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Tax Rulings and State Aid Qualification: Should Reality Matter?

DOI https://doi.org/10.21552/estal/2017/2/9

Adrien Giraud, Sylvain Petit


In its decisional practice developing tax ruling, the European Commission uses a theoretical reasoning that can in some instances appear somewhat disconnected from the facts of the cases. Indeed, all these cases boil down to one single determination (whether the concerned transfer prices were – or not – set at market levels) and the satisfaction of all the conditions for the existence of State aid derive directly from this (rather theoretical) question alone. Little to no account taken of important factual elements (such as for example the context of international fiscal competition) and several conclusions appear to be presumed rather than demonstrated (for example the distortion of competition). One therefore remains with the general impression that State aid law remains into a sort of exception to the rest of competition law: an area of law where reality does not (really) matter.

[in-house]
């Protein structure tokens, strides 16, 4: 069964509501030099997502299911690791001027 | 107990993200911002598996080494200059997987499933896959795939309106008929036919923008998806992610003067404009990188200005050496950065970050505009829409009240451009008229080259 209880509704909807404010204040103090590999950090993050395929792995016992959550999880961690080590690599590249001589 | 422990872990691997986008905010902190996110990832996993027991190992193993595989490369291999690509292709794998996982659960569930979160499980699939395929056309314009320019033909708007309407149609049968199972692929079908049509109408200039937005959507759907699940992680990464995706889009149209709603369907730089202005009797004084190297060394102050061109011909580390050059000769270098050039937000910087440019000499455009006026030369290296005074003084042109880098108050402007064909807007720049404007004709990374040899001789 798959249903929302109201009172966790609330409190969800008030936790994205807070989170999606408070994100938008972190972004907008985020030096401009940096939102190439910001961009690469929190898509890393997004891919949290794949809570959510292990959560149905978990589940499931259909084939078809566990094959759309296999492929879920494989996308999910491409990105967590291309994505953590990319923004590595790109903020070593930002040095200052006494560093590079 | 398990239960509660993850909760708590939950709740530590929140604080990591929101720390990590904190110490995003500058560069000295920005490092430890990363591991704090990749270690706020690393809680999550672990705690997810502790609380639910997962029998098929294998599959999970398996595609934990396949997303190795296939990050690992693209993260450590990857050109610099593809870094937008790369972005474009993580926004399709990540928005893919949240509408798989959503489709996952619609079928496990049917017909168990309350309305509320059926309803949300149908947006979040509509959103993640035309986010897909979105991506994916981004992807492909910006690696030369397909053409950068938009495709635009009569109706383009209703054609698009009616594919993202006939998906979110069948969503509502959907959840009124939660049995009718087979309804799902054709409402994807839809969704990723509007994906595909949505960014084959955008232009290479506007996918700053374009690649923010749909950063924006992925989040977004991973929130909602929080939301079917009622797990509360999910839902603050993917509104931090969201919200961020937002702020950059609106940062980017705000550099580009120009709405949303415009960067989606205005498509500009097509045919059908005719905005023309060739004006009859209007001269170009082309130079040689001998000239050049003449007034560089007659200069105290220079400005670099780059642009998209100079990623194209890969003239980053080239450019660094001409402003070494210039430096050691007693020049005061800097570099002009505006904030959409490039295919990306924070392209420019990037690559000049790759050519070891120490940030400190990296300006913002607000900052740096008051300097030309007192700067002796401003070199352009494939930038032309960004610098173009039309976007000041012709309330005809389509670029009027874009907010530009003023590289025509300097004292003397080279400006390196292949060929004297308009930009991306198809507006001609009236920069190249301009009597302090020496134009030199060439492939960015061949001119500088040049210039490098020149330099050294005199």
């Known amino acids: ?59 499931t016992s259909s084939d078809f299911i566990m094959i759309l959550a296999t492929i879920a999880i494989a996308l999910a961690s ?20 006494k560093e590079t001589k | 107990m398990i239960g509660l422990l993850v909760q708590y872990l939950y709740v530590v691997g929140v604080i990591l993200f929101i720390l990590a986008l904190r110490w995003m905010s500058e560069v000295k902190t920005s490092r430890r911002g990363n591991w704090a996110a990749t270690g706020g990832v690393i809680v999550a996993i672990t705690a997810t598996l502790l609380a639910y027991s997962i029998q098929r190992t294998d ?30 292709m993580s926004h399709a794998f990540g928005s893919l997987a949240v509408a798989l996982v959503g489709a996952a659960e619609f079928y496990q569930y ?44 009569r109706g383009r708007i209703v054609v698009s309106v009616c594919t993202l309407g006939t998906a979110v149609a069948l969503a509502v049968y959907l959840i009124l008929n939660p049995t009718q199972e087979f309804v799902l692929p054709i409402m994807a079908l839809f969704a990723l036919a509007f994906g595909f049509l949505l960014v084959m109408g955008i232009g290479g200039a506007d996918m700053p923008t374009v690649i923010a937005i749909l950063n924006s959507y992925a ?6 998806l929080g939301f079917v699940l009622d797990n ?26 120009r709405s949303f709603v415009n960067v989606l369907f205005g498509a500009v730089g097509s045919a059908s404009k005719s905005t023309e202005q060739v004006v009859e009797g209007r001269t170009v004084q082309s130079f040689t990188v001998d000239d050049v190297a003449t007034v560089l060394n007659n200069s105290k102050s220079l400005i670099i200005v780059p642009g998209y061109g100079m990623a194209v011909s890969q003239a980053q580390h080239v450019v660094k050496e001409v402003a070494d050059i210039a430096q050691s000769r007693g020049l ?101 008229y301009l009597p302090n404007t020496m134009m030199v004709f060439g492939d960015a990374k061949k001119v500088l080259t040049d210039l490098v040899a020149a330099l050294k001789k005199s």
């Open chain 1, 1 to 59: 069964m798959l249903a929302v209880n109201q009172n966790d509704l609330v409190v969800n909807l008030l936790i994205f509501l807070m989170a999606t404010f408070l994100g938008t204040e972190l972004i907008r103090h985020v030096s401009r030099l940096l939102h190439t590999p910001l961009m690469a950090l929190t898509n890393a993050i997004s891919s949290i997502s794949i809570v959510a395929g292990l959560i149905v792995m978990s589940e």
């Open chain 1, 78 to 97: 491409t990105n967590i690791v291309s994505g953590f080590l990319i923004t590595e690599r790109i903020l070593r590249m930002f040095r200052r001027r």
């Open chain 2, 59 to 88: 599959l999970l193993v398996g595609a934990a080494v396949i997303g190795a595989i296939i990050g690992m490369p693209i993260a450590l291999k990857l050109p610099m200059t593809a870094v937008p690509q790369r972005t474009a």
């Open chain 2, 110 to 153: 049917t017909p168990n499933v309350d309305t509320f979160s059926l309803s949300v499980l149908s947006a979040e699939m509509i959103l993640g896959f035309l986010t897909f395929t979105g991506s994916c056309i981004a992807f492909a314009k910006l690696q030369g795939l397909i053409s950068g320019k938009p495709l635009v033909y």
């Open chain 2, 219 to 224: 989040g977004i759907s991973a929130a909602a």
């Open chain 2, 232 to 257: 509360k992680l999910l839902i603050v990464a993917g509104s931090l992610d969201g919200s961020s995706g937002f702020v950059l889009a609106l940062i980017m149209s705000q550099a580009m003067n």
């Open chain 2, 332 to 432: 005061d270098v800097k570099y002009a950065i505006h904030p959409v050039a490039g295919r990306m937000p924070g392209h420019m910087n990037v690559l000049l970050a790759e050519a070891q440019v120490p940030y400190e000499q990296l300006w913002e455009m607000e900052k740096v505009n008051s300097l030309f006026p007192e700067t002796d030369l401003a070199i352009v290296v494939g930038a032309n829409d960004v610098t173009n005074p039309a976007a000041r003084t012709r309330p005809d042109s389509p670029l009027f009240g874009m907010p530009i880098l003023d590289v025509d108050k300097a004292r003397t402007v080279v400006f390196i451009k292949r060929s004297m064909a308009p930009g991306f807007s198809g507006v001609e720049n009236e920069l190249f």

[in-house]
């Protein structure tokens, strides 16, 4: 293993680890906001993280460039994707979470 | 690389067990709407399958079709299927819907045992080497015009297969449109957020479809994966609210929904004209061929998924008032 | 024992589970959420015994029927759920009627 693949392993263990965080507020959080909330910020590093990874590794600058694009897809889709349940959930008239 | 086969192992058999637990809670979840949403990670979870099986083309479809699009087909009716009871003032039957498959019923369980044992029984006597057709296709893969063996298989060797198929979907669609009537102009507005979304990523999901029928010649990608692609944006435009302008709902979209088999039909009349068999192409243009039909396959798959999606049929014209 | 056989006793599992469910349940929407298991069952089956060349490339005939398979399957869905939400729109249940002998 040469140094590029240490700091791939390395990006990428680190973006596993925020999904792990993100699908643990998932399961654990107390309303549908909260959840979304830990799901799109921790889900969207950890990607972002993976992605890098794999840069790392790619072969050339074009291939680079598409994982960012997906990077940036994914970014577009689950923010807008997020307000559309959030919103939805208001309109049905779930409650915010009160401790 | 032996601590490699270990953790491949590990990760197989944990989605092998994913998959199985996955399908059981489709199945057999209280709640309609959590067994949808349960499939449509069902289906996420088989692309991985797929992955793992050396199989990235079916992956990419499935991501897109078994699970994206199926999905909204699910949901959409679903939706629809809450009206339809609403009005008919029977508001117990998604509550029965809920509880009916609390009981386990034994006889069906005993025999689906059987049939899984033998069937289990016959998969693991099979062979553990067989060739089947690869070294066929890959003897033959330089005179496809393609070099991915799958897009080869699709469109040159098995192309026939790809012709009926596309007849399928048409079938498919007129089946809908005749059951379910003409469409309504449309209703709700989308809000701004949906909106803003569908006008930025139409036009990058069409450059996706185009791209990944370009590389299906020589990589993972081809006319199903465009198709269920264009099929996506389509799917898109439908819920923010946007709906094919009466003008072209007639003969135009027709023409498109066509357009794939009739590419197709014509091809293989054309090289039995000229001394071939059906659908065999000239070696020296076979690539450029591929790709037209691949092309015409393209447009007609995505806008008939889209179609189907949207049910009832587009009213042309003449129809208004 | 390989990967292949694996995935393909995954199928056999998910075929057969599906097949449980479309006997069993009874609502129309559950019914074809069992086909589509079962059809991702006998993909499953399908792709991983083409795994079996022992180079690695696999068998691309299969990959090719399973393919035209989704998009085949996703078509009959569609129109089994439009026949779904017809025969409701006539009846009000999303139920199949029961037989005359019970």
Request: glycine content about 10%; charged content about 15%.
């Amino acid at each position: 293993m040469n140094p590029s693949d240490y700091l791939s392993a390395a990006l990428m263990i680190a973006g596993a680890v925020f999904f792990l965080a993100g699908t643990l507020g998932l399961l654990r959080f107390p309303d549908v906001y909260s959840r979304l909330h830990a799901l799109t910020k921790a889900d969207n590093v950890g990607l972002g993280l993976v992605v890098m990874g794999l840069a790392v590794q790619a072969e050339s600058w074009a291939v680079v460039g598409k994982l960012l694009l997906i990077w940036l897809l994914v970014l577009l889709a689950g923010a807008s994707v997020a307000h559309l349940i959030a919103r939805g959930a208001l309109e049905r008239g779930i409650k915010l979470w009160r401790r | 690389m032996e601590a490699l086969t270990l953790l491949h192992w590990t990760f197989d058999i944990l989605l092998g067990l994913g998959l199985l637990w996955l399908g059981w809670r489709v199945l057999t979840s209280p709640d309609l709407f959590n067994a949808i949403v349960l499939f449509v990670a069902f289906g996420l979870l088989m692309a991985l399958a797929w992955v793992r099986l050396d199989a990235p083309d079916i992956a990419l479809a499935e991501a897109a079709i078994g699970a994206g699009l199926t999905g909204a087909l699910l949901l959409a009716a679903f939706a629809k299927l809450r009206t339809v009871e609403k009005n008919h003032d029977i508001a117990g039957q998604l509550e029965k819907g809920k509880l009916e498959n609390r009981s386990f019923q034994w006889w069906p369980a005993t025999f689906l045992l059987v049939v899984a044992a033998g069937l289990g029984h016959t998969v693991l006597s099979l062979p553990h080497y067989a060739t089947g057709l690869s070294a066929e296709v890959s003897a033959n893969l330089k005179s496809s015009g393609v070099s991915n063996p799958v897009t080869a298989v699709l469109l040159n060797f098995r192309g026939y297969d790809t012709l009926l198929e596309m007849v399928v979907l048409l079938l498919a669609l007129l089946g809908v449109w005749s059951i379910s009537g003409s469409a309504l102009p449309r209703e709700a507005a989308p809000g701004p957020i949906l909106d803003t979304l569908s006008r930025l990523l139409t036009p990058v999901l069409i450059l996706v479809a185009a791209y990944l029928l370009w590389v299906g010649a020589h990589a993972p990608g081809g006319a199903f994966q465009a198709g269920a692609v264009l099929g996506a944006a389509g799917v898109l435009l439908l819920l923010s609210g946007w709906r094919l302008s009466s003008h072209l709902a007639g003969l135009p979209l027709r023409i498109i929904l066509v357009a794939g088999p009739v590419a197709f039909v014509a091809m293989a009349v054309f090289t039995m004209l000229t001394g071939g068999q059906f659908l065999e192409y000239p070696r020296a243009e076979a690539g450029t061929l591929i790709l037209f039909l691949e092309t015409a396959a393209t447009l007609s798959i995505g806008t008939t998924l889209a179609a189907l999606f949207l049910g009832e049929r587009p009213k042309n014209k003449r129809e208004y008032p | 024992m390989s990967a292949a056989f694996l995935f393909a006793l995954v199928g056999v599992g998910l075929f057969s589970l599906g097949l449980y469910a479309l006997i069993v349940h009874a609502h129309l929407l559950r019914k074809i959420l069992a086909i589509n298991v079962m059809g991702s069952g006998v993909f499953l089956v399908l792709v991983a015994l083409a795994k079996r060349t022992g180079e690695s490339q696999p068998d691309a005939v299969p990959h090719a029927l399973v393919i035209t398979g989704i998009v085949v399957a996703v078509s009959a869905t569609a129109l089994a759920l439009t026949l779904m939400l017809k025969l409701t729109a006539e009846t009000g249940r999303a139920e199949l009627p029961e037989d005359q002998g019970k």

Keywords: Tax Ruling; Selectivity; Advantage; Distortion of Competition; Counterfactual.

Adrien Giraud, Partner at Willkie Farr & Gallagher LLP in Brussels; Sylvain Petit, Associate within Willkie Farr and Gallagher LLP in Brussels. This paper develops ideas first exposed at a conference organised by the Délégation des Barreaux de France on 9 December 2016 in Brussels. Adrien Giraud wishes to thank Mariana and Isabella Hariki for their invaluable help. The authors remain solely responsible for the content of this article. DOI: 10.21552/estal/2017/2/9

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